This is my favorite forth. I think it’s a gem and the engineering that went into this is wonderful. The literate programs that make up the core of the forth really help to get an understanding of the system.
Would be interested to understand what you and other postesrs who use it – consider to be ‘good use cases’, and the relevant size of applications/libraries written in forth for those use cases.
My understanding/interest in Forth is around using it as a target for generated code (eg bytecodes), not as a human-accessible programming environment. I am likely too narrow in my understanding, so wanted to expand.
(The source files are large due to embedded commentary; I use a semi-literate format for writing sources)
The standard system is compiled to a single binary combining the image file (with the actual language) and the vm (with any system-specific I/O extensions). This is 117k on my OpenBSD/amd64 system.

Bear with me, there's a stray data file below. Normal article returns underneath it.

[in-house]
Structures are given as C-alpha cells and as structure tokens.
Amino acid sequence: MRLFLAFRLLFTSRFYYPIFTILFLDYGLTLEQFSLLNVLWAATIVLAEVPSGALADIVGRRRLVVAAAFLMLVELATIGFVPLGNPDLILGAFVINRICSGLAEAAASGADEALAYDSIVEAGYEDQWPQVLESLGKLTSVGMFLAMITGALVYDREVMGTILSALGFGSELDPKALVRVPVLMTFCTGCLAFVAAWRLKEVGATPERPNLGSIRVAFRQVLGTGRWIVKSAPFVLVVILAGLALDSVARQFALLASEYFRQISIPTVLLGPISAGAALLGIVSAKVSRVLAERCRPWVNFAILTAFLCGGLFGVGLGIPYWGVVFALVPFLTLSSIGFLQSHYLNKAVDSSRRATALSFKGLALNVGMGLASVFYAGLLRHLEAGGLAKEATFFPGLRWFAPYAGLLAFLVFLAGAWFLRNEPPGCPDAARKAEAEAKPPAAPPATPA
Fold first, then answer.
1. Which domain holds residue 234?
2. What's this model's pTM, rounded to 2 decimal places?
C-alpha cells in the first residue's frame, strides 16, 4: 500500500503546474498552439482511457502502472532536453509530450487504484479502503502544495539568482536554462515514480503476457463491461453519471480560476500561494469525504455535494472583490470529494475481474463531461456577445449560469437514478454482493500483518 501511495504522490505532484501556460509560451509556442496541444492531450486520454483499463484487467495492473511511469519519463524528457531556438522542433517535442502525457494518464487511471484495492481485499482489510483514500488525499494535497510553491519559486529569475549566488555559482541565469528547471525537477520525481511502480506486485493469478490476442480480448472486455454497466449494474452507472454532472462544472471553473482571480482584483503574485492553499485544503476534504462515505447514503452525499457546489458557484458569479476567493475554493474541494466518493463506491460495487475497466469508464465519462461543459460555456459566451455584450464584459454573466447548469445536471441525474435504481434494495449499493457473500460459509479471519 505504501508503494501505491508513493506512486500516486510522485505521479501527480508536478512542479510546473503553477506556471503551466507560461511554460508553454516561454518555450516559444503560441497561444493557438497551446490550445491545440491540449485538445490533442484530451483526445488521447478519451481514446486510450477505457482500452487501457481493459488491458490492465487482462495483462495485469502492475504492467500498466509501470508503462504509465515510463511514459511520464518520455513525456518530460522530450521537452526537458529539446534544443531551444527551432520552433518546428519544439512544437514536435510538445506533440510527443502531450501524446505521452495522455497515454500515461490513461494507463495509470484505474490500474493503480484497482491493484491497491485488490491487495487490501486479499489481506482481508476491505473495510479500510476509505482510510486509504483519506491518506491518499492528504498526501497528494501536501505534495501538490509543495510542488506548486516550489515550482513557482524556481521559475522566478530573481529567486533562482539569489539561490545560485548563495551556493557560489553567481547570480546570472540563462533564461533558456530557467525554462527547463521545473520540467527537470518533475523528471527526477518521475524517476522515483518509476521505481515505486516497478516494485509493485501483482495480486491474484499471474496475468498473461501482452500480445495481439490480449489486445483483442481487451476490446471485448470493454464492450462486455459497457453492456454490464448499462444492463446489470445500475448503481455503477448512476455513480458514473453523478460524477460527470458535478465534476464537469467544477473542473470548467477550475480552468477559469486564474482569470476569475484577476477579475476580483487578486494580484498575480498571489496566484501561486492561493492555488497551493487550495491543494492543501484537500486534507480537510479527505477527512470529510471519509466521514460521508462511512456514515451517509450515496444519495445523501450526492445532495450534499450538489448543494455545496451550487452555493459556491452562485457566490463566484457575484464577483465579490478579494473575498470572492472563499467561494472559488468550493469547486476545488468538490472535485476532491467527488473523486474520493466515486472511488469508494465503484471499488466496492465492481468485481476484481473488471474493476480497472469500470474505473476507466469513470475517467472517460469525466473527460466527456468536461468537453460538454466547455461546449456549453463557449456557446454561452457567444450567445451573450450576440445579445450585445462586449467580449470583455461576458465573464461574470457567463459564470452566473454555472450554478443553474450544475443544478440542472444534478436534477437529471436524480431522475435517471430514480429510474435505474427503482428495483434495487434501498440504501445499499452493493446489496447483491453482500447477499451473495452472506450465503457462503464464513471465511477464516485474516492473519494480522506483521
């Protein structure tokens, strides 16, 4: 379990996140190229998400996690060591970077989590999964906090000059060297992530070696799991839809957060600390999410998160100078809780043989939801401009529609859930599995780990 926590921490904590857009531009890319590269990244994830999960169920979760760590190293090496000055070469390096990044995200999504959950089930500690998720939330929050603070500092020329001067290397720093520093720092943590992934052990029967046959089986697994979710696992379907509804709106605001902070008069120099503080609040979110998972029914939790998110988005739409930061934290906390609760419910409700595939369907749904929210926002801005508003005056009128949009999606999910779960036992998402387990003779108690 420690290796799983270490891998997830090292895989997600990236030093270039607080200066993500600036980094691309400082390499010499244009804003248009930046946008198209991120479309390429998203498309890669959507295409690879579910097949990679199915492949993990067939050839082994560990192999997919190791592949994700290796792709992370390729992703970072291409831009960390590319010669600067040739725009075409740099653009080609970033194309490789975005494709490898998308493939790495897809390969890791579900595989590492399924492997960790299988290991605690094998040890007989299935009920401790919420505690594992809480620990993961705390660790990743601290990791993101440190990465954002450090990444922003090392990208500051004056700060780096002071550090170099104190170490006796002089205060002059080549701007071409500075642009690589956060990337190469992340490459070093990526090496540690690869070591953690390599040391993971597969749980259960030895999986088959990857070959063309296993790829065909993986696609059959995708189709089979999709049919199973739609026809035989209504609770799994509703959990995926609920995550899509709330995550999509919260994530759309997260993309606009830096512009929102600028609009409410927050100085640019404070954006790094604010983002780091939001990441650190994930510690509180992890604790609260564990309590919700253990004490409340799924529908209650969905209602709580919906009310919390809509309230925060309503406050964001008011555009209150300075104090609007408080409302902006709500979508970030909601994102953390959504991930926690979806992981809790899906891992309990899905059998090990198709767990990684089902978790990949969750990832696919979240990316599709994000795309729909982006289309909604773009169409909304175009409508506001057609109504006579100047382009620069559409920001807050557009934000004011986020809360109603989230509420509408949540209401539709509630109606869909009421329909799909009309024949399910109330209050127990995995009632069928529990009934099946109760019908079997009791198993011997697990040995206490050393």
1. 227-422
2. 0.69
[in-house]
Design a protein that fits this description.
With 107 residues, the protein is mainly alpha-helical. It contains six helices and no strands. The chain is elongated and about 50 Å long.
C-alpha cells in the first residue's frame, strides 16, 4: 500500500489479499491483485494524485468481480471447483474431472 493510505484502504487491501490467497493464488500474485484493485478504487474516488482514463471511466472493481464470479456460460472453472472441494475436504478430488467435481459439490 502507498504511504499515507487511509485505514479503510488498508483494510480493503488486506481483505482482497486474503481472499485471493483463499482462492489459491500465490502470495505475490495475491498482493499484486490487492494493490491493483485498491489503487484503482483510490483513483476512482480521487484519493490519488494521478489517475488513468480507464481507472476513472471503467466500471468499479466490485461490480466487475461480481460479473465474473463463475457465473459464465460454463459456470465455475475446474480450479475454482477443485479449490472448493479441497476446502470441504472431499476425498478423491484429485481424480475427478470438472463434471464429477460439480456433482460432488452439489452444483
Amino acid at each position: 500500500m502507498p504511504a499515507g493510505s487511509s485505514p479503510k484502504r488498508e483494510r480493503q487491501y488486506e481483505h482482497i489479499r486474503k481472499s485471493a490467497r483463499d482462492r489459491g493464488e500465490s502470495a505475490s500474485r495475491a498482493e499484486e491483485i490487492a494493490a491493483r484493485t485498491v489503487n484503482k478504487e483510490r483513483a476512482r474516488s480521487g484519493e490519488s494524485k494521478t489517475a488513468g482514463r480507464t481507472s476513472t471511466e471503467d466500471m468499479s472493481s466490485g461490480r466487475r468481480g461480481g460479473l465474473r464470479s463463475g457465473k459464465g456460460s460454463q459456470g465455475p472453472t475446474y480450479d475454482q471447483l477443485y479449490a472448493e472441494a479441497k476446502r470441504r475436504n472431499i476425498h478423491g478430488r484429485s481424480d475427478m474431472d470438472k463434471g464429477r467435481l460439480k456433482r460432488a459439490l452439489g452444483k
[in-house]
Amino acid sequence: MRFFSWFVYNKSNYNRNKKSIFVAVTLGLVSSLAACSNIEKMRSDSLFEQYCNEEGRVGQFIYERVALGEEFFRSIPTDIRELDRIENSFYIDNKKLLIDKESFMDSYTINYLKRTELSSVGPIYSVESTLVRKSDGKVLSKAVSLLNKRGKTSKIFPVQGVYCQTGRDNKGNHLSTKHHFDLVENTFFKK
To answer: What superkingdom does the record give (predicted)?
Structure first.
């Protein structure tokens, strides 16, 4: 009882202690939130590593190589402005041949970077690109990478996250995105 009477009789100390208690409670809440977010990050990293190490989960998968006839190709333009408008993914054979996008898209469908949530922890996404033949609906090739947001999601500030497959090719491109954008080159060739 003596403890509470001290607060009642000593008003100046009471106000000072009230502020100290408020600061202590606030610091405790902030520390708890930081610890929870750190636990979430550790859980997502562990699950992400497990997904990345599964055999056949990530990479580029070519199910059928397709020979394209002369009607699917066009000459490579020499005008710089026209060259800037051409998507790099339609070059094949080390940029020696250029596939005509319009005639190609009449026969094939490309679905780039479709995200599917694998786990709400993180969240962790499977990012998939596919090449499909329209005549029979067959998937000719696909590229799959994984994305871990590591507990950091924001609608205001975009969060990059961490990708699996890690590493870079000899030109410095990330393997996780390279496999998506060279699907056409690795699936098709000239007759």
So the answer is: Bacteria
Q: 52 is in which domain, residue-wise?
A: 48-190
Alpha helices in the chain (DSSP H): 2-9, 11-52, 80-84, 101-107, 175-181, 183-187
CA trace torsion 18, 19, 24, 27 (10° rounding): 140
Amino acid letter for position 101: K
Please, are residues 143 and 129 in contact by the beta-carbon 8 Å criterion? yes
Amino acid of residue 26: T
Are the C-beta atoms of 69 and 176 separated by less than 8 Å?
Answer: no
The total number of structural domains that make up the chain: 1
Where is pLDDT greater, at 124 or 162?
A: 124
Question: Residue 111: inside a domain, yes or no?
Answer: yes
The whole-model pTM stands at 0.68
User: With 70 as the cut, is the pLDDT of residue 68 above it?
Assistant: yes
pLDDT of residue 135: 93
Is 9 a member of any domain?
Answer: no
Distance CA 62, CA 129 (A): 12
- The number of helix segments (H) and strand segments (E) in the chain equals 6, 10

A minimal system has a 40k image and 18k vm (separate files), but this lacks most I/O extensions.
For completeness, an x86 multiboot compliant kernel with the vm and image totals 168k in size. This includes keyboard, text display, serial, parallel, cmos, ata drivers and a block editor.
I think I’m one of the rare IOS users on here but for those few of you that there may be - it has an IOS version - in the app store :) No need to build your own.
Come join us in the #Retro community channel on Freenode sometime, the author is very active too